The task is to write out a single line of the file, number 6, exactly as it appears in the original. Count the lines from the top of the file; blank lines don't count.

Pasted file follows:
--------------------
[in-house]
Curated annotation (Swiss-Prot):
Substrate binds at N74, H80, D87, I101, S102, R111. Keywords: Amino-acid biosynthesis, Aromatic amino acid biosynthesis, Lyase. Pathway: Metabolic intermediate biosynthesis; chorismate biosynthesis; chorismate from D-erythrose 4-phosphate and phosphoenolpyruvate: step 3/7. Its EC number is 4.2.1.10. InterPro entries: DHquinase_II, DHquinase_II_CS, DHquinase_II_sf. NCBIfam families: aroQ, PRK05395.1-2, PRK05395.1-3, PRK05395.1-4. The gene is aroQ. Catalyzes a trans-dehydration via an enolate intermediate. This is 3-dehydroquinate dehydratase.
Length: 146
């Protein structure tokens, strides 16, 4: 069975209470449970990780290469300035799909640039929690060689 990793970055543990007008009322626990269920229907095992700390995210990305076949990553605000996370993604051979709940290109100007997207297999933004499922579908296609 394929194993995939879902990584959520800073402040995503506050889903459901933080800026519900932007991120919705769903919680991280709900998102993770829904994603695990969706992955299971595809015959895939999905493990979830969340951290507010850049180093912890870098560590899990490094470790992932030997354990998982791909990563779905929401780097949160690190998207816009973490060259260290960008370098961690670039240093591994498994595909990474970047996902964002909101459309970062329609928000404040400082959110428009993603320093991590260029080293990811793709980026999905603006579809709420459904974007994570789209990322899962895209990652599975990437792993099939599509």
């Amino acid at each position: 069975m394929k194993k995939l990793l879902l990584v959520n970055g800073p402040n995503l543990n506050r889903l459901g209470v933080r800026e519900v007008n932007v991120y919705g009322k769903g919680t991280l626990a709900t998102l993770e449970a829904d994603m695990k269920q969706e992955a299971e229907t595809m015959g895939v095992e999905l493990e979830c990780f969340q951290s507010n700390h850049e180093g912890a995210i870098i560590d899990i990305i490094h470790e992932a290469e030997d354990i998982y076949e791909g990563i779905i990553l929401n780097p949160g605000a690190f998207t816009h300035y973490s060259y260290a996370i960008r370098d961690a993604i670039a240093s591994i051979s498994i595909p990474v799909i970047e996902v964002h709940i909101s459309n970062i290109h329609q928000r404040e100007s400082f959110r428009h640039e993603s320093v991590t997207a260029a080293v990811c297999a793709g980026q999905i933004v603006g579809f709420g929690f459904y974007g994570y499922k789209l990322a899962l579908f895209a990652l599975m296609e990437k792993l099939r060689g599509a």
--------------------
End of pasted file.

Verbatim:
């Amino acid at each position: 069975m394929k194993k995939l990793l879902l990584v959520n970055g800073p402040n995503l543990n506050r889903l459901g209470v933080r800026e519900v007008n932007v991120y919705g009322k769903g919680t991280l626990a709900t998102l993770e449970a829904d994603m695990k269920q969706e992955a299971e229907t595809m015959g895939v095992e999905l493990e979830c990780f969340q951290s507010n700390h850049e180093g912890a995210i870098i560590d899990i990305i490094h470790e992932a290469e030997d354990i998982y076949e791909g990563i779905i990553l929401n780097p949160g605000a690190f998207t816009h300035y973490s060259y260290a996370i960008r370098d961690a993604i670039a240093s591994i051979s498994i595909p990474v799909i970047e996902v964002h709940i909101s459309n970062i290109h329609q928000r404040e100007s400082f959110r428009h640039e993603s320093v991590t997207a260029a080293v990811c297999a793709g980026q999905i933004v603006g579809f709420g929690f459904y974007g994570y499922k789209l990322a899962l579908f895209a990652l599975m296609e990437k792993l099939r060689g599509a």